Sato, F., Ono, T., Kawahara, A., Kawaguchi, T., Tanaka, H., Shimamatsu, K., Kakuma, T., Akiba, J., Umeno, H., & Yano, H. (2019). Prognostic impact of p16 and PD-L1 expression in patients with oropharyngeal squamous cell carcinoma receiving a definitive treatment. Journal of Clinical Pathology, 72(8), 542-549. https://doi.org/10.1136/jclinpath-2019-205818
Sato F, et al. Prognostic Impact of P16 and PD-L1 Expression in Patients With Oropharyngeal Squamous Cell Carcinoma Receiving a Definitive Treatment. J Clin Pathol. 2019;72(8):542-549. PubMed PMID: 31113825.
* Article titles in AMA citation format should be in sentence-case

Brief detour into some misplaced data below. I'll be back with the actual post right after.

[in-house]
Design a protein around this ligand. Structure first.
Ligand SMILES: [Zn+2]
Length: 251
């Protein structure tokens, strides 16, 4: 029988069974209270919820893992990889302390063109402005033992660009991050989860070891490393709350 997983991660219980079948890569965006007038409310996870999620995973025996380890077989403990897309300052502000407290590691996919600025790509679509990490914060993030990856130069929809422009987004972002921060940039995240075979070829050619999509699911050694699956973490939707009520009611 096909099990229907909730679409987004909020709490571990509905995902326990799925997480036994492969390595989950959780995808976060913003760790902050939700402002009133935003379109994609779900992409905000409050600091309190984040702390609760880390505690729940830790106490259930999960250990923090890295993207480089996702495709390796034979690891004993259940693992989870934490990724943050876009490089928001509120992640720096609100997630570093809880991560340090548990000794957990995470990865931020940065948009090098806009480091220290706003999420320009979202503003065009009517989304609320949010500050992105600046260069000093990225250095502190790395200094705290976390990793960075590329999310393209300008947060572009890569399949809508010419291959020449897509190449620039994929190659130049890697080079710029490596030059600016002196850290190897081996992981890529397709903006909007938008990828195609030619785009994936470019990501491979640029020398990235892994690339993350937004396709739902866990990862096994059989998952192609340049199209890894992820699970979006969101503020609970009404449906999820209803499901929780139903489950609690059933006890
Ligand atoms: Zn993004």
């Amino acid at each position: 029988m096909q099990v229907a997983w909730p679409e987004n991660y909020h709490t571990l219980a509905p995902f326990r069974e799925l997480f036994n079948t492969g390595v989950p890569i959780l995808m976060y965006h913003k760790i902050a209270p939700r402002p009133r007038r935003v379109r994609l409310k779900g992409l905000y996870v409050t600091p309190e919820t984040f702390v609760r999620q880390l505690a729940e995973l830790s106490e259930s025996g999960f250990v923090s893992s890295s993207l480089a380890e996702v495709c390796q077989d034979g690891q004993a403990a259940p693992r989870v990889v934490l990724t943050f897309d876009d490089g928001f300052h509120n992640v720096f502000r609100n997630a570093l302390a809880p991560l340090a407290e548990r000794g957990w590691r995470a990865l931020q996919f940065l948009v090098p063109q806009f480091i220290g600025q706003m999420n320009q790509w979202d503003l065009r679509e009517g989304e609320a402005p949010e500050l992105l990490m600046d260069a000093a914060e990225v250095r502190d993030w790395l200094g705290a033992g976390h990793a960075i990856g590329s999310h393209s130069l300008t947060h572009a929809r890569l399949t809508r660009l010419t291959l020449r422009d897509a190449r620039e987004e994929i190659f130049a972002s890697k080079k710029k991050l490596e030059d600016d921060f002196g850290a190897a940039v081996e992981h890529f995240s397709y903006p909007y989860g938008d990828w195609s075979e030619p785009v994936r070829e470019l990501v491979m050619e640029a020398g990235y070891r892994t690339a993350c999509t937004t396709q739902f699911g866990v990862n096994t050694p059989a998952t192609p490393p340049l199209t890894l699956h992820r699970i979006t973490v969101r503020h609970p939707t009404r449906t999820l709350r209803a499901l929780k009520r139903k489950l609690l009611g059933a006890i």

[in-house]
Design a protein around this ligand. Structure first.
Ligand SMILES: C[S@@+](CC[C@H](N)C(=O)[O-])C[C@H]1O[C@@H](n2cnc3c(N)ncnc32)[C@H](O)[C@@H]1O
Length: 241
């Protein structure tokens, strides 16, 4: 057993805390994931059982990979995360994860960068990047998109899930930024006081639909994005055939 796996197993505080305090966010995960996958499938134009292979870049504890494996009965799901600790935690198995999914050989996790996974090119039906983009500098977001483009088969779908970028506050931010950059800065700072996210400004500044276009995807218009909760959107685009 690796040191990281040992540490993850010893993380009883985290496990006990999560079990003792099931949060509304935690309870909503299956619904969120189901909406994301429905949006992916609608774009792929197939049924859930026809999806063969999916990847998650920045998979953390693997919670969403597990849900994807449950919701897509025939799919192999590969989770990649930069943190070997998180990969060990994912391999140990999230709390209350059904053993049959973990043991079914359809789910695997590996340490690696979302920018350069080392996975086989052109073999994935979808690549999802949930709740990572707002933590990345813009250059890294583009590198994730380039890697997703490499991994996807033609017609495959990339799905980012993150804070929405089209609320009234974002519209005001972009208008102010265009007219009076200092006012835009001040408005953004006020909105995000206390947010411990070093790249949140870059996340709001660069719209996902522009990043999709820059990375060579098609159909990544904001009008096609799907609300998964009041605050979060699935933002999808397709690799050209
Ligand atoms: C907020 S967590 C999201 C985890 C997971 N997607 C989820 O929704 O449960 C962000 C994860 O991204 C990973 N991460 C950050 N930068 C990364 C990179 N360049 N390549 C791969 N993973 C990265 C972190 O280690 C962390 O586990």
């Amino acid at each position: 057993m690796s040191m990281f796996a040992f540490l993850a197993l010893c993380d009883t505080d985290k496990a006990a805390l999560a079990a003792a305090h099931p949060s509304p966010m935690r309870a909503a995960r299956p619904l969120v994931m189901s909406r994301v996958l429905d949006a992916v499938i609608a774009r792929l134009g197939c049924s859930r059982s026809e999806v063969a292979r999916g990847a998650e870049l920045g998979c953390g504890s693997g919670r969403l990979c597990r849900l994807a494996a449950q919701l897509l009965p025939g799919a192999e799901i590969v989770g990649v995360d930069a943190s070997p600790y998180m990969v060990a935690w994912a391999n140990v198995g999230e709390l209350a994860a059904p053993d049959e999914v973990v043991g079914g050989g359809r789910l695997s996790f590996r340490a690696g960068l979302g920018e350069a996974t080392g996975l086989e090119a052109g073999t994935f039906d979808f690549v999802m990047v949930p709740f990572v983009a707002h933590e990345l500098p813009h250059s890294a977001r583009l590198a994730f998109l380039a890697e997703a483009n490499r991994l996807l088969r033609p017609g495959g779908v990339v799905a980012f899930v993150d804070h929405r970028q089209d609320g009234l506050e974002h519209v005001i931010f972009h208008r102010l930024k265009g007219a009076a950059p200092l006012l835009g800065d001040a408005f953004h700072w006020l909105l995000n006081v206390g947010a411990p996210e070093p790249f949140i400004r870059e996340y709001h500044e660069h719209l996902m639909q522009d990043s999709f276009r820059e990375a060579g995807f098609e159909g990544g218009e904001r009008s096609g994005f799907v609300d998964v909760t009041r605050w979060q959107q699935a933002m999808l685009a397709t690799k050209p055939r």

TY - JOUR T1 - Prognostic impact of p16 and PD-L1 expression in patients with oropharyngeal squamous cell carcinoma receiving a definitive treatment. AU - Sato,Fumihiko, AU - Ono,Takeharu, AU - Kawahara,Akihiko, AU - Kawaguchi,Toshihiko, AU - Tanaka,Hisaichiro, AU - Shimamatsu,Kazuhide, AU - Kakuma,Tatsuyuki, AU - Akiba,Jun, AU - Umeno,Hirohito, AU - Yano,Hirohisa, Y1 - 2019/05/21/ PY - 2019/03/01/received PY - 2019/04/06/revised PY - 2019/04/10/accepted PY - 2019/5/23/pubmed PY - 2019/7/30/medline PY - 2019/5/23/entrez KW - PD-L1 KW - head and neck cancer KW - oropharyngeal cancer KW - p16 SP - 542 EP - 549 JF - Journal of clinical pathology JO - J Clin Pathol VL - 72 IS - 8 N2 - AIMS: Limited information is available regarding the precise differences in the tumour immune microenvironment (TIM) of patients with human papilloma virus (HPV)-associated and non-HPV-associated oropharyngeal squamous cell carcinoma (OPSCC). Here, we retrospectively reviewed 137 patients with OPSCC treated with a definitive treatment to identify molecular relationships in the TIM. MATERIALS AND METHODS: We used immunohistochemical analysis to assess p16 status, programmed death ligand 1 (PD-L1) level, and/or CD8+ tumour-infiltrating lymphocyte (TIL) density, followed by prognostic evaluation of these immune-related parameters. RESULTS: Multivariate analyses demonstrated that PD-L1 level on immune cells but not on tumour cells or CD8+ TIL density was a significant predictive factor of disease-free survival (DFS) and overall survival (OS). Additionally, subgroup analyses demonstrated that patients positive for p16 and PD-L1 expression on immune cells had favourable DFS and OS, whereas patients negative for p16 and PD-L1 expression on immune cells showed worse DFS and OS. CONCLUSIONS: We demonstrated that PD-L1 expression on immune cells but not tumour cells might represent a useful prognostic biomarker in patients with OPSCC receiving a definitive treatment. We propose that a co-assessment of p16 and PD-L1 expression on immune cells would have greater prognostic potential compared with evaluation of each factor alone in patients with OPSCC. SN - 1472-4146 UR - https://www.unboundmedicine.com/medline/citation/31113825/Prognostic_impact_of_p16_and_PD_L1_expression_in_patients_with_oropharyngeal_squamous_cell_carcinoma_receiving_a_definitive_treatment_ L2 - https://jcp.bmj.com/lookup/pmidlookup?view=long&pmid=31113825 DB - PRIME DP - Unbound Medicine ER -